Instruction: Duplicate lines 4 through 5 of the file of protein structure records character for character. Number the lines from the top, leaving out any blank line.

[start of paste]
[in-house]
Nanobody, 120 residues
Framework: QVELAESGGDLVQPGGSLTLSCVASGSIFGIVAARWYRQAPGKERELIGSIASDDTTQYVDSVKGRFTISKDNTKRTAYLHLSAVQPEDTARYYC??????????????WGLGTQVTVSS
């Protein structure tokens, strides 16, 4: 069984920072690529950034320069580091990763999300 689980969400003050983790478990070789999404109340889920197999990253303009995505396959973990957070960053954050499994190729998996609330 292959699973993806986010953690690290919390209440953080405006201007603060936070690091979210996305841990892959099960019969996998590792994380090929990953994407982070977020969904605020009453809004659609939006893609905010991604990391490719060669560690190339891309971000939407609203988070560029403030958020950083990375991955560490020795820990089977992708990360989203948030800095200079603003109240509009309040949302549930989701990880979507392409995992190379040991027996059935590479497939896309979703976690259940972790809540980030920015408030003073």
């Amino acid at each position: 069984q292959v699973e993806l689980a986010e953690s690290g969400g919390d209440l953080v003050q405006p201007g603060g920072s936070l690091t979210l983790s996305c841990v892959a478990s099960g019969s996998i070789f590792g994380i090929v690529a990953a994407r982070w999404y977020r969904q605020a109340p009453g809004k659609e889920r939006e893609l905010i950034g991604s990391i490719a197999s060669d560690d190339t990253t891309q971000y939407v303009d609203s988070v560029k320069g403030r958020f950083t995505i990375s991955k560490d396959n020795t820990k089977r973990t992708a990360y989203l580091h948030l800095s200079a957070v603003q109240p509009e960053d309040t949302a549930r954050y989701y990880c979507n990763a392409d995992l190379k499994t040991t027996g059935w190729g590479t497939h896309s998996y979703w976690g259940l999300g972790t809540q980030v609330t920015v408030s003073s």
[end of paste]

């Protein structure tokens, strides 16, 4: 069984920072690529950034320069580091990763999300 689980969400003050983790478990070789999404109340889920197999990253303009995505396959973990957070960053954050499994190729998996609330 292959699973993806986010953690690290919390209440953080405006201007603060936070690091979210996305841990892959099960019969996998590792994380090929990953994407982070977020969904605020009453809004659609939006893609905010991604990391490719060669560690190339891309971000939407609203988070560029403030958020950083990375991955560490020795820990089977992708990360989203948030800095200079603003109240509009309040949302549930989701990880979507392409995992190379040991027996059935590479497939896309979703976690259940972790809540980030920015408030003073």
């Amino acid at each position: 069984q292959v699973e993806l689980a986010e953690s690290g969400g919390d209440l953080v003050q405006p201007g603060g920072s936070l690091t979210l983790s996305c841990v892959a478990s099960g019969s996998i070789f590792g994380i090929v690529a990953a994407r982070w999404y977020r969904q605020a109340p009453g809004k659609e889920r939006e893609l905010i950034g991604s990391i490719a197999s060669d560690d190339t990253t891309q971000y939407v303009d609203s988070v560029k320069g403030r958020f950083t995505i990375s991955k560490d396959n020795t820990k089977r973990t992708a990360y989203l580091h948030l800095s200079a957070v603003q109240p509009e960053d309040t949302a549930r954050y989701y990880c979507n990763a392409d995992l190379k499994t040991t027996g059935w190729g590479t497939h896309s998996y979703w976690g259940l999300g972790t809540q980030v609330t920015v408030s003073s």